Well Well Well

Blog-Photo-8URCSF – Rakai – Uganda

It is raining now, but when it stops you would never be able to tell rain came down at all. The land is so dry, it soaks up any would be puddles in minutes, leaving no traces of rainfall. There are “ponds” here and there if you venture through the miles of trees. They are not like the ponds you see in our parks. These ponds are small holes in the ground filled with water. There is no clearness or remote color of blue to them, no fish. These ponds have an opaque greenish white or brown color. This is where the people do their laundry, bathe sometimes, and where they fetch their water to cook and drink from.

This water is contaminated and not safe to drink. It is the water they have to work with though. The only safe water in the area is water that is still under ground, protected in springs. The answer is simple enough: build wells to allow the water to come up for use and have the source water remain protected underground. Of course wells require a great deal of other resources, construction workers to dig and build, engineers to make it work, a team of committed and trained people to keep up the project, and funds for the materials and labor.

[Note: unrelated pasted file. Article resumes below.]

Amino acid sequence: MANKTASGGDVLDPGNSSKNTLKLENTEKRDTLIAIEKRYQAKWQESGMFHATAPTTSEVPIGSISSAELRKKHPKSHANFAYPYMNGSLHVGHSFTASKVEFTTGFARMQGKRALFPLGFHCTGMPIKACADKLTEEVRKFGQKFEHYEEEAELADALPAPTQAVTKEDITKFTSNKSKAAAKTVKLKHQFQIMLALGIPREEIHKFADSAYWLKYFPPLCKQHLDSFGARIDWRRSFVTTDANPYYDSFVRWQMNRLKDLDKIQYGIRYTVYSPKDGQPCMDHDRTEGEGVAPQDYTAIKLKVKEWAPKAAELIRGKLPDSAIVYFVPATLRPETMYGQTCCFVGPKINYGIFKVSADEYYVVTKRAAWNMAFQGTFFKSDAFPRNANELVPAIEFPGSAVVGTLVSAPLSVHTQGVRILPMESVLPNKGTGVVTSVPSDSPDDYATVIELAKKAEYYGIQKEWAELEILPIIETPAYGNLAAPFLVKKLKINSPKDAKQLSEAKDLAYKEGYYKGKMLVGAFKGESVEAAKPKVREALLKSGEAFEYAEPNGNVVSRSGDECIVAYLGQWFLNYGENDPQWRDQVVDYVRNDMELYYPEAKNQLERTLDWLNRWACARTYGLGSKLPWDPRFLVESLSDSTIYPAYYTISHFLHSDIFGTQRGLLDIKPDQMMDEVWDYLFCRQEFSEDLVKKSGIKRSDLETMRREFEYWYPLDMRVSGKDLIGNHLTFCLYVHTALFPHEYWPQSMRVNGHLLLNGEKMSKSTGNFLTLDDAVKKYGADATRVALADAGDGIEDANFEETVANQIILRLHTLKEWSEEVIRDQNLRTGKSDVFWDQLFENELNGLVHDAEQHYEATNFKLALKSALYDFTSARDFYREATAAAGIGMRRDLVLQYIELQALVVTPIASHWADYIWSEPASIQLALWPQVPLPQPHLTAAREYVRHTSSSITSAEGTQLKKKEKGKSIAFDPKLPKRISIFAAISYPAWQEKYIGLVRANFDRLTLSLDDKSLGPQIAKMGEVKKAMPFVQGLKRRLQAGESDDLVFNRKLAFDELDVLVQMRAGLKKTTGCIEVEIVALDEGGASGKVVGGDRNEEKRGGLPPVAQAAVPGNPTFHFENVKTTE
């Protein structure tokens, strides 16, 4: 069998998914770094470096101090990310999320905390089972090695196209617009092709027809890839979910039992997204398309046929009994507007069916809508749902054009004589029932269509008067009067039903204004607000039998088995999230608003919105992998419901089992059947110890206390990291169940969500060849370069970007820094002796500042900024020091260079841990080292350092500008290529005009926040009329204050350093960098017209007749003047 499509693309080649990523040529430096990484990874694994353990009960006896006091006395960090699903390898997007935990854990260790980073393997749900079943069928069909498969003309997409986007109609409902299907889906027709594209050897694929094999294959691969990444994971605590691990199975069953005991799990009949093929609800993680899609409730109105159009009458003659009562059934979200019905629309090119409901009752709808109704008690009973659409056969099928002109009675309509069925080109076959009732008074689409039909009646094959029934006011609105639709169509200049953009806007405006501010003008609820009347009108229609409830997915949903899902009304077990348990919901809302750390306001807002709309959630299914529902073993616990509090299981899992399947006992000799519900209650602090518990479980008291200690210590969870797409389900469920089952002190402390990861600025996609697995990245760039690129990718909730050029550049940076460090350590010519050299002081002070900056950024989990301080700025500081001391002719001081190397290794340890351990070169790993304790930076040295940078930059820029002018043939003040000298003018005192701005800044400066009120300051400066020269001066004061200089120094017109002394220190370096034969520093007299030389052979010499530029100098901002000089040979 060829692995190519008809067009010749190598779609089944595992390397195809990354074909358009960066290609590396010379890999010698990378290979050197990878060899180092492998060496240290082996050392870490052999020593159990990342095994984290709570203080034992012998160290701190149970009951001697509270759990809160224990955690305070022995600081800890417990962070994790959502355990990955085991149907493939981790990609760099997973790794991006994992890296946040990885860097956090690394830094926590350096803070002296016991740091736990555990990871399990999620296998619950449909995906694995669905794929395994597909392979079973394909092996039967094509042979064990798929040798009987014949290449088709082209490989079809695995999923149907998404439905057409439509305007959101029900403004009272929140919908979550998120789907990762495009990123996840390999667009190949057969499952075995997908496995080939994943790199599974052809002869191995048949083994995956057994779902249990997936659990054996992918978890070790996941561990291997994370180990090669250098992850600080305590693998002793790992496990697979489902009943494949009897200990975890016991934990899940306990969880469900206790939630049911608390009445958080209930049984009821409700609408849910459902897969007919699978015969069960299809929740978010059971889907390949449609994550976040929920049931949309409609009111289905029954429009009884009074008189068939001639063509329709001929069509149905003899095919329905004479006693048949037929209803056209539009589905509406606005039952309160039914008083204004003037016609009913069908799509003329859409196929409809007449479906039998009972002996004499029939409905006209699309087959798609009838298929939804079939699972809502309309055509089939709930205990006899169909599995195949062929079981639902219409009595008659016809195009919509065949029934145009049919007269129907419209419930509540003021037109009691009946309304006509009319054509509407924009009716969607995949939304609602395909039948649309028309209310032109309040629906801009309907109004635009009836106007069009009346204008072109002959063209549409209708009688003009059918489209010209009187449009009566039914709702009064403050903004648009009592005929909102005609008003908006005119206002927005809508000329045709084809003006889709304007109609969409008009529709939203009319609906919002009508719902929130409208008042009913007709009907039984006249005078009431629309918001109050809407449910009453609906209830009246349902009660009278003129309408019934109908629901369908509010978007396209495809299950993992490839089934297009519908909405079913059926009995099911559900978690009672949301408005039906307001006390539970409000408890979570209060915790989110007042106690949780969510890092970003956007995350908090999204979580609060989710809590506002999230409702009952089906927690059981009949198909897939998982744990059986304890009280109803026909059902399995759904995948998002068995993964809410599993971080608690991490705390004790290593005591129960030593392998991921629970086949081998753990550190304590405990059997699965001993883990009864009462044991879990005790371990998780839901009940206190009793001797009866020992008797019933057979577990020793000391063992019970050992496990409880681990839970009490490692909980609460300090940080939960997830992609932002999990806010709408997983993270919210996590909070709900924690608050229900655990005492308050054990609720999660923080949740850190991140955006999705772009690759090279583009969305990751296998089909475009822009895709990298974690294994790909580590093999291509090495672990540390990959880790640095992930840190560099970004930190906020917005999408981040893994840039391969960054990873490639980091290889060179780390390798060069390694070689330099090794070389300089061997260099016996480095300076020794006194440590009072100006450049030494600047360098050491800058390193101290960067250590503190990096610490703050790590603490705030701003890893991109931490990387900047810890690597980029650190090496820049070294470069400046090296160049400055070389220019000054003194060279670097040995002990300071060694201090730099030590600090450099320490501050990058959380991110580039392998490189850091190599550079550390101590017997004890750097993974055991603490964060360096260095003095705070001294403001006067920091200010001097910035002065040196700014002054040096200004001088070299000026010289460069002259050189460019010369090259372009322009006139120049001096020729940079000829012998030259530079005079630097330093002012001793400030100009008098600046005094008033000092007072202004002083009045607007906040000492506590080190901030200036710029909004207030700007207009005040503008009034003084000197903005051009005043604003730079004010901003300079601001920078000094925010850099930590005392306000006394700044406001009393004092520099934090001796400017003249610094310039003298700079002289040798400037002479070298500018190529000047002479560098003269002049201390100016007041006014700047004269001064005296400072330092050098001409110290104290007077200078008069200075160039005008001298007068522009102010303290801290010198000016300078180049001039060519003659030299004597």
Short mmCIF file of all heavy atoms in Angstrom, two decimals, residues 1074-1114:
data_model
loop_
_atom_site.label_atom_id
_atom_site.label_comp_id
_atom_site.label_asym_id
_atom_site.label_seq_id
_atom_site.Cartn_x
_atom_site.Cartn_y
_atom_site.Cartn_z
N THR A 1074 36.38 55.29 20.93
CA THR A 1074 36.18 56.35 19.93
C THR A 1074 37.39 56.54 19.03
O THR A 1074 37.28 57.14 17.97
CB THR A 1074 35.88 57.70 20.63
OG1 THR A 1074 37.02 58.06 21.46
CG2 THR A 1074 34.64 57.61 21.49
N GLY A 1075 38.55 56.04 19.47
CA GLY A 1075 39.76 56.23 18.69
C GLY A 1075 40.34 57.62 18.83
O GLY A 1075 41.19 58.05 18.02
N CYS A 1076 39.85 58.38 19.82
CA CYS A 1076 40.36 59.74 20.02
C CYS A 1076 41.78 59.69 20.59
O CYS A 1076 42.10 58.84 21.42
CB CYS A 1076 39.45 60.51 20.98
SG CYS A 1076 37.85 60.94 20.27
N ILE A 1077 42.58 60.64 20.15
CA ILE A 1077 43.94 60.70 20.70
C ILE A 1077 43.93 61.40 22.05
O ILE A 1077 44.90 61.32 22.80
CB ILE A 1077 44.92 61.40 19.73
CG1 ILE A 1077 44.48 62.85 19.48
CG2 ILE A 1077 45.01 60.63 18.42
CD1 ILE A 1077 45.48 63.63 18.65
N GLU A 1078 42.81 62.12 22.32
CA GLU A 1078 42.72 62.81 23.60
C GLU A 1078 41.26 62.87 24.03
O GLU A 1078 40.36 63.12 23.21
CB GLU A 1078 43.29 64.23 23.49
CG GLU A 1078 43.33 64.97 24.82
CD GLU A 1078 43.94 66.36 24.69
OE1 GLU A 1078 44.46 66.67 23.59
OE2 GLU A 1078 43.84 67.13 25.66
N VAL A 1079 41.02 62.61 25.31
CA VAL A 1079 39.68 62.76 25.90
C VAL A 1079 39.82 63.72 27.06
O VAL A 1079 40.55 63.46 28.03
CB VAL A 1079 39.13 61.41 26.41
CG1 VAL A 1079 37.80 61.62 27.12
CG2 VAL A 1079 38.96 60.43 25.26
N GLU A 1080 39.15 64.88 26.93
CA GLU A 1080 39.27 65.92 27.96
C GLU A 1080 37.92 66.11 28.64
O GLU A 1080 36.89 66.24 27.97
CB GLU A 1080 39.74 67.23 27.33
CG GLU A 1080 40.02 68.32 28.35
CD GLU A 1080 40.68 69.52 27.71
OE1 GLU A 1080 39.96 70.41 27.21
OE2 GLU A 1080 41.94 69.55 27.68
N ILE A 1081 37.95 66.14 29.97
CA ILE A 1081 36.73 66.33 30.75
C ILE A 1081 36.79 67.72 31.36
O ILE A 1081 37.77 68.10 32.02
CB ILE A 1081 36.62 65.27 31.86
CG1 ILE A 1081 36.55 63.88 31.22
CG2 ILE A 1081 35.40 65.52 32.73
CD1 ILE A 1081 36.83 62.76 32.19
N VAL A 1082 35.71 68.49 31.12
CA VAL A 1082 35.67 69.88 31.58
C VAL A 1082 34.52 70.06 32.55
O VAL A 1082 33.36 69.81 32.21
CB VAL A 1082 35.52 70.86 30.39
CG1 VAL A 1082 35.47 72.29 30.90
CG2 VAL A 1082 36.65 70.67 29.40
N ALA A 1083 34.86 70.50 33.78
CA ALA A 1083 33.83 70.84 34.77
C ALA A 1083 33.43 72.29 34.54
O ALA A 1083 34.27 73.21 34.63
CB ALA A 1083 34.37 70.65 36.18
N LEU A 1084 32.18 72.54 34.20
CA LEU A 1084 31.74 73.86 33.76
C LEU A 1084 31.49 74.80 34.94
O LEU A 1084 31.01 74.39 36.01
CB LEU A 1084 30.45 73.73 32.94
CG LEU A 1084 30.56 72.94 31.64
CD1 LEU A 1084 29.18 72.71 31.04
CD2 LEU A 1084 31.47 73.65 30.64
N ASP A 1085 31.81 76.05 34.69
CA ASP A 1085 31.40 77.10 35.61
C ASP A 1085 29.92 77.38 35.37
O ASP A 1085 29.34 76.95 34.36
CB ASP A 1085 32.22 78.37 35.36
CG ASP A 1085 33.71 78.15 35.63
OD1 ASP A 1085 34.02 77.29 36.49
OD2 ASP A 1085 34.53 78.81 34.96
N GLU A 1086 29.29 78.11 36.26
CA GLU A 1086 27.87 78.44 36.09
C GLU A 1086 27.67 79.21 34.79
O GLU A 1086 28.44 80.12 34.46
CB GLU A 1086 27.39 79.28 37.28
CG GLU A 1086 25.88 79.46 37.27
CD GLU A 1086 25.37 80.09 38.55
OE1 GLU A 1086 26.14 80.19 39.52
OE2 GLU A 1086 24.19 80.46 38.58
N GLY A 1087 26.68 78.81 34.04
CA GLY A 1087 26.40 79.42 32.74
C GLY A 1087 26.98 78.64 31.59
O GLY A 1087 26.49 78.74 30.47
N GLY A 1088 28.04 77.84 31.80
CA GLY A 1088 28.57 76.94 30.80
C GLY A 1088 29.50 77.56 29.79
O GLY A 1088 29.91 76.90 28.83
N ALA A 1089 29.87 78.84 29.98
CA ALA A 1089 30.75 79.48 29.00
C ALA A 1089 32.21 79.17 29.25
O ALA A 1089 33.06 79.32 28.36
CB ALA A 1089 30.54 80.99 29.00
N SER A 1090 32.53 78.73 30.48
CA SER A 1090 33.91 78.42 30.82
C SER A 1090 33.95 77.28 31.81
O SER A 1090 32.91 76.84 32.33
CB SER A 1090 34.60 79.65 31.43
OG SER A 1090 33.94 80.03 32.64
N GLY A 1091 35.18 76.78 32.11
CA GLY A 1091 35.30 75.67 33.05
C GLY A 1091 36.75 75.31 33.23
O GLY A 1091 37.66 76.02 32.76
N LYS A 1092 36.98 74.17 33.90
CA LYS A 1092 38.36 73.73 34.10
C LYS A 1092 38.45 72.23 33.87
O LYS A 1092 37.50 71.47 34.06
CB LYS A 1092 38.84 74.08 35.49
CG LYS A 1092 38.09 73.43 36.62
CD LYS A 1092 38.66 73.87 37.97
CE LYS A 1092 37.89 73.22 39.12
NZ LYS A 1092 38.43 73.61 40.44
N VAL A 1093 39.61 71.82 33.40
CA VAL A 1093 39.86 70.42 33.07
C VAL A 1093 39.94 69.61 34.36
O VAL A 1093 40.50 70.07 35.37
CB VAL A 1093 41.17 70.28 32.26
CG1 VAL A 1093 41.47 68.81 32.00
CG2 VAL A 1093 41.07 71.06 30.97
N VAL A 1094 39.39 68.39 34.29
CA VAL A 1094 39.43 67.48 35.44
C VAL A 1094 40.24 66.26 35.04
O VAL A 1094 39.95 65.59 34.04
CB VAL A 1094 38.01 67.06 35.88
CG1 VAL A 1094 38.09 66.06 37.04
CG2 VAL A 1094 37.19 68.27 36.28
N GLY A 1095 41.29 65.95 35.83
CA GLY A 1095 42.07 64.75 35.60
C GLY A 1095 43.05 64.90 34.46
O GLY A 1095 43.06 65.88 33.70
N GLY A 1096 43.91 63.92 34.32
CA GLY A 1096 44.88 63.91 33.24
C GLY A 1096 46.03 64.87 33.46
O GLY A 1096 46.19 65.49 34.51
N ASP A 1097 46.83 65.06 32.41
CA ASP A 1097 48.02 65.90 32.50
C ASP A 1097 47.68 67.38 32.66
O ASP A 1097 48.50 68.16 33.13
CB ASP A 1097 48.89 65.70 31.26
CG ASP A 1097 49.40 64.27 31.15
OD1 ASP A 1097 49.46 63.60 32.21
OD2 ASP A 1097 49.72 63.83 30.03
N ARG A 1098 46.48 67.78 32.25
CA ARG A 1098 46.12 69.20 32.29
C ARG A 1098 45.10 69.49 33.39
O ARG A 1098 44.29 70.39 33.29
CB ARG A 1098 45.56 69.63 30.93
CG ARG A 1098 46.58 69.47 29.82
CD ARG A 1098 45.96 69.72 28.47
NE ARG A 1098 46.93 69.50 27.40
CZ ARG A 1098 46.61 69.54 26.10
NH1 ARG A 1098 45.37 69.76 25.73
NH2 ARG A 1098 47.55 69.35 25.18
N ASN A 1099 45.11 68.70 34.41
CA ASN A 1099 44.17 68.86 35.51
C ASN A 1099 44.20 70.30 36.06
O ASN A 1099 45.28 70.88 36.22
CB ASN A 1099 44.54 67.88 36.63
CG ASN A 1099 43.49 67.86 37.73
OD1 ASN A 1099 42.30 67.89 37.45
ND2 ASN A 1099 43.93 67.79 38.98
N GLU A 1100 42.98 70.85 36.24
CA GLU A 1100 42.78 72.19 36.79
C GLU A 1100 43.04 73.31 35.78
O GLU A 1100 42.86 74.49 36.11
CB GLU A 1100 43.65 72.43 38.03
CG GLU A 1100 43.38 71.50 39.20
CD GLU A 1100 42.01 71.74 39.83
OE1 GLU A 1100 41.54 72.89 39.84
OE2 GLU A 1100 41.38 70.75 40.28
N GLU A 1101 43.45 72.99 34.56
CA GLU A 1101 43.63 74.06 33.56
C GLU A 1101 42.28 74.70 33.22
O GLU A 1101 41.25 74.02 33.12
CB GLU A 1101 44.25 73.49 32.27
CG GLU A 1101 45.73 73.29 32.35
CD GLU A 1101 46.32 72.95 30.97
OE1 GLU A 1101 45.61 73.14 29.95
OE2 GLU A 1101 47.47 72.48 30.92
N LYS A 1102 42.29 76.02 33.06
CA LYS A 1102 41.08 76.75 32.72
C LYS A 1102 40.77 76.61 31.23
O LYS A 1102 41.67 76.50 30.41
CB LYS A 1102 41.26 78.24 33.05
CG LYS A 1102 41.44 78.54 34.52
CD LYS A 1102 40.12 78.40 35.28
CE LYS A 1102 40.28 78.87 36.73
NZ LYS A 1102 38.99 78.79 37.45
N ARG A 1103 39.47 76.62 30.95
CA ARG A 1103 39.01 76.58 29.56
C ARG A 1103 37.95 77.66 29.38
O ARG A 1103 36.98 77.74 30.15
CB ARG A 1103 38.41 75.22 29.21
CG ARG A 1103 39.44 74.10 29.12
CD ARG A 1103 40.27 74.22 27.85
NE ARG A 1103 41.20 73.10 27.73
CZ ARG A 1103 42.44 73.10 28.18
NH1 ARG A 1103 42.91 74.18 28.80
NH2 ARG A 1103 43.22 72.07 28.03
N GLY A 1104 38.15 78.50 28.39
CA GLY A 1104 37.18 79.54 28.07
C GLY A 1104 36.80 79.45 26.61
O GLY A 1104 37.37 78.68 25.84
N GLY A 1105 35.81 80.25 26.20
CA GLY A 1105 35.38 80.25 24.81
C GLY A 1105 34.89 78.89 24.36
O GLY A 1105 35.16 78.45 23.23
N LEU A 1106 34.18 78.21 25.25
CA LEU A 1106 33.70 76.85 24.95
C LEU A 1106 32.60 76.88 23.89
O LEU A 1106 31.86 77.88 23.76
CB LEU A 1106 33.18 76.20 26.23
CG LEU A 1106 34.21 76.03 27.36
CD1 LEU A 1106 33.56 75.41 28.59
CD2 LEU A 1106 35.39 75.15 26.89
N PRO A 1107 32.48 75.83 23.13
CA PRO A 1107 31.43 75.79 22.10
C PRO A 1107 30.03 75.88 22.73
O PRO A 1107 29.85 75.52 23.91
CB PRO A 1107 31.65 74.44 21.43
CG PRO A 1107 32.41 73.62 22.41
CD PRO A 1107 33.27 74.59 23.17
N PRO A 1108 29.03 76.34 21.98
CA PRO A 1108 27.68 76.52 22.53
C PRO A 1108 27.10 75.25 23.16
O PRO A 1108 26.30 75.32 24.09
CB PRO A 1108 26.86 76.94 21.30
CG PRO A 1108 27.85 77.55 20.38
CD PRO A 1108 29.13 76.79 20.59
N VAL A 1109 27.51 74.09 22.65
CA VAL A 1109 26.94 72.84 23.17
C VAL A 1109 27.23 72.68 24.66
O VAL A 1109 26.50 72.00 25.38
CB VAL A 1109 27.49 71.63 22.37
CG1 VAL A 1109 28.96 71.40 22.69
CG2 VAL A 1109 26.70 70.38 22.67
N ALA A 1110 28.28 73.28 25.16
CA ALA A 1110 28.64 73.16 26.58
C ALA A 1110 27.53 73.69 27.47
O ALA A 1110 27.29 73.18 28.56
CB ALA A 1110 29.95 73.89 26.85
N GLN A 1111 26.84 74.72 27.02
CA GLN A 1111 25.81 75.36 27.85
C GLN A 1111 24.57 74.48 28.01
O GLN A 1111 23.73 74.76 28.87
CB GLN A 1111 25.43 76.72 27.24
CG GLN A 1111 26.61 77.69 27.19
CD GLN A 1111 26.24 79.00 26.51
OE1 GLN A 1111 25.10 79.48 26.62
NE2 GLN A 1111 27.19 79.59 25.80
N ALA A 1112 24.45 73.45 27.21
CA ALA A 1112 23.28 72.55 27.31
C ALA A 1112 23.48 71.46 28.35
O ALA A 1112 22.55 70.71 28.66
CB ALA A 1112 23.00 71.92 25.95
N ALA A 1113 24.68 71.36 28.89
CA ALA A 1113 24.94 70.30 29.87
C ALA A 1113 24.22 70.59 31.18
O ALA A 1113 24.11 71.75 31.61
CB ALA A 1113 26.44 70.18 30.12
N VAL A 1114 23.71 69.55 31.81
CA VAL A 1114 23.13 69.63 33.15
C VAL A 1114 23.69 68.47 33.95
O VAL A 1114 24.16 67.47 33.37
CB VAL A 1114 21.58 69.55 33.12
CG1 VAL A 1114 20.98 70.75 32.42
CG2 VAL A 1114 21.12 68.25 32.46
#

Peter and his group URCSF have started the 100 Wells project to bring water to over two million people in the local communities. They are on the second campaign and have completed their second well, put into use for the communities while I was there.

What makes this project different than others is it involves the community from the ground up. Committees are formed, training sessions are held, all before the town is able to use the well. This ensures everyone is invested in the ongoing upkeep of this well. As long as nothing breaks, the water should not run dry.

Only 98 more to go….

End of Uganda high and lows:
Favorite Thing: Harvesting the honey
Biggest Regret: Missing out on getting a photo at the Equator
What I learned: It is very easy to buy medicine in Africa
What I taught: How to keep a well functioning